A sigh of relief

The UCAS data on postgraduate applications to train as a teacher as recorded for May appeared today. The combination of the arrival of offers affected by the Easter holidays plus the addition of almost an extra week of data compared with last year means the government can breathe a small sigh of relief. On the evidence of this data meltdown has been averted for 2018, except perhaps in music, religious education, design and technology and probably physics.

Overall applicant numbers have recovered to 29,890 in England, still down on last year, despite the extra days and some 10% down on May 2016 applicant numbers, but it could have been worse. The decline is still national in scope, with all regions recording lower applicant numbers than in 2016. The almost 3,000 fewer applicants than last year are also spread across the age groups, although the loss is probably greatest among early career changers in their mid to late 20s. This fact shows up in the further reduction in the number of ‘placed’ applicants compared with those with either ‘conditional firm’ places or ‘holding offers’. By domicile region of applicants, ‘placed’ applicants are down from 2,330 last year to 1,890 this May. In London, ‘placed’ applicants are down from 380 to just 300.  Of course, over the next few months the ‘placed’ number will increase as ‘conditionally placed’ applicants receive their degrees and complete any other requirements needed to move them into the ‘placed’ category.

All routes, apart from applications to secondary SCITTs, have been affected by the reduction in applications. Primary courses have lost more than 6,000 applicants compared with last year and numbers ‘placed’ only just exceed 1,000, with fewer than 10,000 applicants with ‘conditional places’ and a further 700 holding offers. In total, this is barely more than 11,000 potential trainees and marks the continued downward trend for the primary sector.

In the secondary sector, SCITTS have attracted just a couple of hundred more applications than this point last year, but that must be regarded as a success. Applications to School Direct Salaried courses have nearly halved over the past two years, although whether that is a drop in applicants or a decline in interest in this route on the part of schools isn’t clear from this data. At this rate there will be fewer than 1,000 secondary trainees with a salary come September (leaving aside those on Teach First).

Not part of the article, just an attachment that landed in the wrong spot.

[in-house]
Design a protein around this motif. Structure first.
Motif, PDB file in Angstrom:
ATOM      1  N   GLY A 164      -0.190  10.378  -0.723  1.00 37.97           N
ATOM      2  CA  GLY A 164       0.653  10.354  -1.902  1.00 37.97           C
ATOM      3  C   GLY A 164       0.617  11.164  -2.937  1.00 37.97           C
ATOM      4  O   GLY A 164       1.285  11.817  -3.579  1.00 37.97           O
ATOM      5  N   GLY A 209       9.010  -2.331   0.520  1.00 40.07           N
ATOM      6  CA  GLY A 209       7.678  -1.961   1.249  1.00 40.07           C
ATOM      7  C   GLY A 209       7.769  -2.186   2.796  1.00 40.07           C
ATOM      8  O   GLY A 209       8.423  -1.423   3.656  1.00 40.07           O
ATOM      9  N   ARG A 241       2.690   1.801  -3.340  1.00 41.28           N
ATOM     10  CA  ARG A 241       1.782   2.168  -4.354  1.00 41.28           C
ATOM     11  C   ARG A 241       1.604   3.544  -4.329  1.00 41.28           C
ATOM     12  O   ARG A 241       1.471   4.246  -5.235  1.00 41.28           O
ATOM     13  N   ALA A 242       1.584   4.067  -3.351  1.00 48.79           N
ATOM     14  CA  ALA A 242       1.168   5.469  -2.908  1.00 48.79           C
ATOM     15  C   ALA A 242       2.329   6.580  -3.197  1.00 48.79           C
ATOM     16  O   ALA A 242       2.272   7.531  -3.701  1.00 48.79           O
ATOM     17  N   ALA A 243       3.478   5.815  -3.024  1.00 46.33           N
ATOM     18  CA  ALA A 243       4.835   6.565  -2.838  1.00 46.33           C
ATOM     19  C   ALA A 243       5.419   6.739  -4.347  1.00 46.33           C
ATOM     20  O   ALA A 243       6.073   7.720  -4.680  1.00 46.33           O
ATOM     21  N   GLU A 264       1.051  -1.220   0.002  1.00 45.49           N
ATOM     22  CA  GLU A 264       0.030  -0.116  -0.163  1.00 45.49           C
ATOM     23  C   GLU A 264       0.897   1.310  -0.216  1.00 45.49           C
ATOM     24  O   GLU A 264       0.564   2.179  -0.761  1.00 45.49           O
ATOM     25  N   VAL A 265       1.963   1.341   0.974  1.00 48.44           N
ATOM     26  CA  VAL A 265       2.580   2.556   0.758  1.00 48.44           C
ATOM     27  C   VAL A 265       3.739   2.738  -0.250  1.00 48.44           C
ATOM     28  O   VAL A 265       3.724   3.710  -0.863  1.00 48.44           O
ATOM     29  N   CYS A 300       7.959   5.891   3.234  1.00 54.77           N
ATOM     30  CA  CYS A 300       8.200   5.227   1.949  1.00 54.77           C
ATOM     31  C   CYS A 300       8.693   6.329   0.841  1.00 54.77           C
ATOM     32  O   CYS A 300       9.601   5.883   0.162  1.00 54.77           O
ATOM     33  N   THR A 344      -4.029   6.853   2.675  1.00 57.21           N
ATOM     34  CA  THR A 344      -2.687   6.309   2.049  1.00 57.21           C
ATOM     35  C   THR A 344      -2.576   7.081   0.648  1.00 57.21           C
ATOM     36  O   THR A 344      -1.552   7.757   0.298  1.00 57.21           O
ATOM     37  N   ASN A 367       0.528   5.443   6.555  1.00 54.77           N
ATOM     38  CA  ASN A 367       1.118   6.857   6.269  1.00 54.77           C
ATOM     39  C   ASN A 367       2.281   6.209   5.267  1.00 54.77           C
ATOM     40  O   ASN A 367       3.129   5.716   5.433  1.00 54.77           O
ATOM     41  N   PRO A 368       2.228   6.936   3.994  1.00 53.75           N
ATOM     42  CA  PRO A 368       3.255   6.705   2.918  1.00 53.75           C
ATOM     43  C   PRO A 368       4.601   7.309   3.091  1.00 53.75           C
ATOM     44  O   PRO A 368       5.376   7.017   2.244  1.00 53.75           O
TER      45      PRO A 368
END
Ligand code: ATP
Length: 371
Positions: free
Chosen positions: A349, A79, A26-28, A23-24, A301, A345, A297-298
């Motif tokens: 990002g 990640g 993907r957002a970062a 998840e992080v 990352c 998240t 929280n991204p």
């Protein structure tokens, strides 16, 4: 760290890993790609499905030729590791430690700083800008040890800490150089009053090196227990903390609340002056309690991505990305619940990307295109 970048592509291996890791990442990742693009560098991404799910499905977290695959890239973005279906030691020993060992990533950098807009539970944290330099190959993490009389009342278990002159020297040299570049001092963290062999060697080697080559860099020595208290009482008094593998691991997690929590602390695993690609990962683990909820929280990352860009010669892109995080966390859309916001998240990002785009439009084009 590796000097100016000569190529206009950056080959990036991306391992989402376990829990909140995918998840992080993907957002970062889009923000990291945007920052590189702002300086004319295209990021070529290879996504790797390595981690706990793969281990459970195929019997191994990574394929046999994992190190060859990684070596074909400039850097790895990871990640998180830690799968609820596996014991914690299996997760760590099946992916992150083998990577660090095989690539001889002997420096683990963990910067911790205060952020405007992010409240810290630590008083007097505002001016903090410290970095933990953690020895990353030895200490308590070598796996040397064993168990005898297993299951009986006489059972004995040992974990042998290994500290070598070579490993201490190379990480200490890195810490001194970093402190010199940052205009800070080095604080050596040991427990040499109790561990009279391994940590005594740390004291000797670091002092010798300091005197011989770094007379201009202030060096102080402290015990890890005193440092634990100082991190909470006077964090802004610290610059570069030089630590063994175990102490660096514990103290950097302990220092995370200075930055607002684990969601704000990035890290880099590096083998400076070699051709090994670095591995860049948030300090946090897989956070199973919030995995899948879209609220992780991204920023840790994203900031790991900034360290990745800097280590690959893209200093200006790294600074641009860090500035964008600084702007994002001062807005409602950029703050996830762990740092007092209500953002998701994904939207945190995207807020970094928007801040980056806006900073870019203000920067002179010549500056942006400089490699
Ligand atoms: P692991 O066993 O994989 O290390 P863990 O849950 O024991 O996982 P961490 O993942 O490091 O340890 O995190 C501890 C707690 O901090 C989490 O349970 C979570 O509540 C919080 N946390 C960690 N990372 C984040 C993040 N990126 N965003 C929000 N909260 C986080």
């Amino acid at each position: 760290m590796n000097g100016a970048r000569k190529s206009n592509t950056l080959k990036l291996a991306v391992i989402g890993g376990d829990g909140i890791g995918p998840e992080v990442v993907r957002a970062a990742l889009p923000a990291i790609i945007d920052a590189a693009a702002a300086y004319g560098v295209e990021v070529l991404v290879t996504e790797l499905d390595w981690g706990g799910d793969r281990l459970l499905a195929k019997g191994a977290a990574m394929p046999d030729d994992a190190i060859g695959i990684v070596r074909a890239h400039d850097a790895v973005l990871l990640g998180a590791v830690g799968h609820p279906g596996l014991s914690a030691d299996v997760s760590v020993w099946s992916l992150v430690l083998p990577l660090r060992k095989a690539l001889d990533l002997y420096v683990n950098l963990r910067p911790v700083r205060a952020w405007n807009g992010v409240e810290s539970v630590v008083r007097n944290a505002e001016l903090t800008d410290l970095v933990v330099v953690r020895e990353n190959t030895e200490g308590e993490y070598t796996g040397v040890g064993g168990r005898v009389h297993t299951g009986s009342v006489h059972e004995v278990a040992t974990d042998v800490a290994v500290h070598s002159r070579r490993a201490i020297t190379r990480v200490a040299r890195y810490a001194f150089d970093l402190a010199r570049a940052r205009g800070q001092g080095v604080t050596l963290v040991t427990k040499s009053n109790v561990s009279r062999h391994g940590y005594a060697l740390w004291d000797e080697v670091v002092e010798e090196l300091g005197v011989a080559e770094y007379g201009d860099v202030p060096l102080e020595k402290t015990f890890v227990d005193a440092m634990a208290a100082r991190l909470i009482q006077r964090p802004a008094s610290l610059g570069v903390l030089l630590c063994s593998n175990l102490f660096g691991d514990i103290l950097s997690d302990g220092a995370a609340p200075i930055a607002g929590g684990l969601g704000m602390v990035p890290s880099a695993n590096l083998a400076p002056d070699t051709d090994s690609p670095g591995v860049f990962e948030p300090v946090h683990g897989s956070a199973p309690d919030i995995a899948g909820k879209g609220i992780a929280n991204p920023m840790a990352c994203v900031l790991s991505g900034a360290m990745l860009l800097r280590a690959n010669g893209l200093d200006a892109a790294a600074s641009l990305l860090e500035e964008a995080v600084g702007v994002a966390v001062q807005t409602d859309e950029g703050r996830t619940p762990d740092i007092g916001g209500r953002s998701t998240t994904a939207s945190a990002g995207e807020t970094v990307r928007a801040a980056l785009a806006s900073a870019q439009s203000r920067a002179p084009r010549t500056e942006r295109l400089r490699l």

Looking at some of the individual secondary subjects, music has just 200 possible applicants with offers of any type, compared with 260 in May 2017. Design and Technology is down to only ten ‘placed’ applicants compared with 30 in May 2017. Even in mathematics, numbers placed or holding offers is little more than 1,500; a new low for May in recent times.

Finishing on a good note, English is doing relatively well, with 1,640 offers, although that still isn’t enough to meet the Teacher Supply Number of just over 2,500 trainees.

Overall, perhaps the sigh of relief might only be a small one at the moment. Let’s hope for better times next month as new graduates that haven’t done anything about a job while studying start to decide how to spend their future.

 

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7 thoughts on “A sigh of relief

  1. Thanks for the update John. If the school direct numbers are going down and SCITT are holding their own what does this mean for HEI? Have they stepped in to stem the recruitment challenge? Are the subjects doing differently in the SCITTs to HEIs?

    • James,

      Individual subjects by provider are in the monthly data but could be abstracted form the daily data. I don’t have time to do so at present, but the overall data shows an interesting trend over the past four years, especially in secondary

      Primary 2015 2016 2017 2018
      HE 51 45 48 47
      SCITT 8 9 9 10
      SDFEE 24 27 25 25
      SDSAL 17 19 18 18

      Secondary 2015 2016 2017 2018
      HE 51 47 50 52
      SCITT 8 10 11 12
      SDFEE 29 31 29 28
      SDSAL 12 12 9 7

      hope this is of use.

      John

      • Thanks John. Really appreciated. I can see that the shift has happened from 2016-2018. 5% up for HEI and 5% down for SD so a net 10% for secondary. Less in primary – only a 4% net shift. Perhaps we need to convert more primary applicants into secondary applicants.

      • Converting applicants has always proved a challenge but is always worth trying to do. The present UCAS system needs to be more flexible in term sof how applicants can change their minds.

        John Howson

  2. Thanks John. We also think there are long term issues building up due to EBACC and AS changes.

    There seems to be fewer people taking some secondary school (teacher) subjects at post 16 which are needed to provide a supply five year’s later of graduates for ITE. We could end up with SKE courses being the main provider of subject specialists for some subjects at this rate.

    I’m also hearing that fewer boys are taking some subjects like English or History due to the AS change. We could end up with even more polarised gender in the profession for some subjects by the time these changes filter through to ITE recruitment.

    • James,

      I wasn’t a fan of the abolition of A/S levels as it gave the breadth without forcing anyone into a straitjacket. When the School Workforce Census data is published later this month there should be a concerted campaign for CPD to increase subject skills of those regularly teaching a subject but lacking in training and expertise. I favour subject certification, but few others seem to.

      John

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